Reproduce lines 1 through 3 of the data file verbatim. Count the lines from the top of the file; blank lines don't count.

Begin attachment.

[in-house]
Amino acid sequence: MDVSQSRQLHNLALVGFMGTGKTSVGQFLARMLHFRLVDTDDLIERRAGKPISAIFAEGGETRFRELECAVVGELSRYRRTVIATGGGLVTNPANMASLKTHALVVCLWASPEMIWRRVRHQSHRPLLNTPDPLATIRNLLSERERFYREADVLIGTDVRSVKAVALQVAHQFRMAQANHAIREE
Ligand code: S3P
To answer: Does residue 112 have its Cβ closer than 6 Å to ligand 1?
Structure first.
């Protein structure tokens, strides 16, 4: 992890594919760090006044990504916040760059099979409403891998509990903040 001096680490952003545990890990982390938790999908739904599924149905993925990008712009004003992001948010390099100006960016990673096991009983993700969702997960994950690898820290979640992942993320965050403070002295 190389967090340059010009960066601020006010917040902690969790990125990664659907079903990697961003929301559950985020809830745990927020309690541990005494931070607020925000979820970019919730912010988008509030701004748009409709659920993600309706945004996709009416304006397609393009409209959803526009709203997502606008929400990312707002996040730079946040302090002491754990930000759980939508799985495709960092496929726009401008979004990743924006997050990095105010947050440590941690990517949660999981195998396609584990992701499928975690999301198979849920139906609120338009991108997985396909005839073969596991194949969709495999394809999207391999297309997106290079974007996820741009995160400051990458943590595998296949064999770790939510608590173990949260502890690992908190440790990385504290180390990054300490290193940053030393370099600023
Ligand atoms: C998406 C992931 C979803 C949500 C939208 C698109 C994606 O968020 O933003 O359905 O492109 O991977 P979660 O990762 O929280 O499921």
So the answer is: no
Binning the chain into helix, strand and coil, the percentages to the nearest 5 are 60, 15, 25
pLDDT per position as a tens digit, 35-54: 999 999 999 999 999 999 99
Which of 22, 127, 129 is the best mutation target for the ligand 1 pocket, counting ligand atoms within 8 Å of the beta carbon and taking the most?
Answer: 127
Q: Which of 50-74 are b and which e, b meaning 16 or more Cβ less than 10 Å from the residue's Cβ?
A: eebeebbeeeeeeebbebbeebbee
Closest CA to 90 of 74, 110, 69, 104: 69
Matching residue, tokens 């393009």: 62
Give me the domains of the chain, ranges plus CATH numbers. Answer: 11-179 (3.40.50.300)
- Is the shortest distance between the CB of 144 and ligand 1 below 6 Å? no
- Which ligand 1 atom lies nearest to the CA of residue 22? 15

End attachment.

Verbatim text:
[in-house]
Amino acid sequence: MDVSQSRQLHNLALVGFMGTGKTSVGQFLARMLHFRLVDTDDLIERRAGKPISAIFAEGGETRFRELECAVVGELSRYRRTVIATGGGLVTNPANMASLKTHALVVCLWASPEMIWRRVRHQSHRPLLNTPDPLATIRNLLSERERFYREADVLIGTDVRSVKAVALQVAHQFRMAQANHAIREE
Ligand code: S3P